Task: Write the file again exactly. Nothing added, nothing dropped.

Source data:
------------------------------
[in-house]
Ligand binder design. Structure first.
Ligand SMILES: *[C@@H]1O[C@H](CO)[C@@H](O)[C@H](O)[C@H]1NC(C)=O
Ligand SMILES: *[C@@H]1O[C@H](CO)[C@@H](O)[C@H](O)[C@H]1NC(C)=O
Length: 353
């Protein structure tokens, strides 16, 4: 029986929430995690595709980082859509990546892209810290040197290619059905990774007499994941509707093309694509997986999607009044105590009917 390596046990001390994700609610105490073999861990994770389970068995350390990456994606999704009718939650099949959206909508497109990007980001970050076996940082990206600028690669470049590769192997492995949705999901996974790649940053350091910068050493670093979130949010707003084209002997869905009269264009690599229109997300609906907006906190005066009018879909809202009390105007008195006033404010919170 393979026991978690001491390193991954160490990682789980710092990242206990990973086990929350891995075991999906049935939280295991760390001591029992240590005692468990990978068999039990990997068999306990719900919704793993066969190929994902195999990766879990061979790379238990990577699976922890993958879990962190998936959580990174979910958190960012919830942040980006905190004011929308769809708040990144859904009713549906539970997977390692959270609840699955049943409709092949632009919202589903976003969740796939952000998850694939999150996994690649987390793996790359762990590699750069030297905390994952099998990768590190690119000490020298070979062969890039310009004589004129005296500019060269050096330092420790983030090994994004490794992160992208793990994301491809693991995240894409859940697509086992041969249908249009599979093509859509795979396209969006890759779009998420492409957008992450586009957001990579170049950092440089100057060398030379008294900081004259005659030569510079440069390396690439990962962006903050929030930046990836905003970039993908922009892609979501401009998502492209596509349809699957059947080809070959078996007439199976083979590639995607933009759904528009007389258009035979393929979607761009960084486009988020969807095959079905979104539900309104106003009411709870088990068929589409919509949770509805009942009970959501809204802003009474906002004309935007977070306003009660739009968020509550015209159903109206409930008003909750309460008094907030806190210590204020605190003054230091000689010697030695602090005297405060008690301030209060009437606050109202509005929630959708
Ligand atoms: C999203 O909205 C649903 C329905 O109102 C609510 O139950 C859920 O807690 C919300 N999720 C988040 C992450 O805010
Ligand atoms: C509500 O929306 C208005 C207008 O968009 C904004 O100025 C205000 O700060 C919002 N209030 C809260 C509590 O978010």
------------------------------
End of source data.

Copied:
[in-house]
Ligand binder design. Structure first.
Ligand SMILES: *[C@@H]1O[C@H](CO)[C@@H](O)[C@H](O)[C@H]1NC(C)=O
Ligand SMILES: *[C@@H]1O[C@H](CO)[C@@H](O)[C@H](O)[C@H]1NC(C)=O
Length: 353
């Protein structure tokens, strides 16, 4: 029986929430995690595709980082859509990546892209810290040197290619059905990774007499994941509707093309694509997986999607009044105590009917 390596046990001390994700609610105490073999861990994770389970068995350390990456994606999704009718939650099949959206909508497109990007980001970050076996940082990206600028690669470049590769192997492995949705999901996974790649940053350091910068050493670093979130949010707003084209002997869905009269264009690599229109997300609906907006906190005066009018879909809202009390105007008195006033404010919170 393979026991978690001491390193991954160490990682789980710092990242206990990973086990929350891995075991999906049935939280295991760390001591029992240590005692468990990978068999039990990997068999306990719900919704793993066969190929994902195999990766879990061979790379238990990577699976922890993958879990962190998936959580990174979910958190960012919830942040980006905190004011929308769809708040990144859904009713549906539970997977390692959270609840699955049943409709092949632009919202589903976003969740796939952000998850694939999150996994690649987390793996790359762990590699750069030297905390994952099998990768590190690119000490020298070979062969890039310009004589004129005296500019060269050096330092420790983030090994994004490794992160992208793990994301491809693991995240894409859940697509086992041969249908249009599979093509859509795979396209969006890759779009998420492409957008992450586009957001990579170049950092440089100057060398030379008294900081004259005659030569510079440069390396690439990962962006903050929030930046990836905003970039993908922009892609979501401009998502492209596509349809699957059947080809070959078996007439199976083979590639995607933009759904528009007389258009035979393929979607761009960084486009988020969807095959079905979104539900309104106003009411709870088990068929589409919509949770509805009942009970959501809204802003009474906002004309935007977070306003009660739009968020509550015209159903109206409930008003909750309460008094907030806190210590204020605190003054230091000689010697030695602090005297405060008690301030209060009437606050109202509005929630959708
Ligand atoms: C999203 O909205 C649903 C329905 O109102 C609510 O139950 C859920 O807690 C919300 N999720 C988040 C992450 O805010
Ligand atoms: C509500 O929306 C208005 C207008 O968009 C904004 O100025 C205000 O700060 C919002 N209030 C809260 C509590 O978010």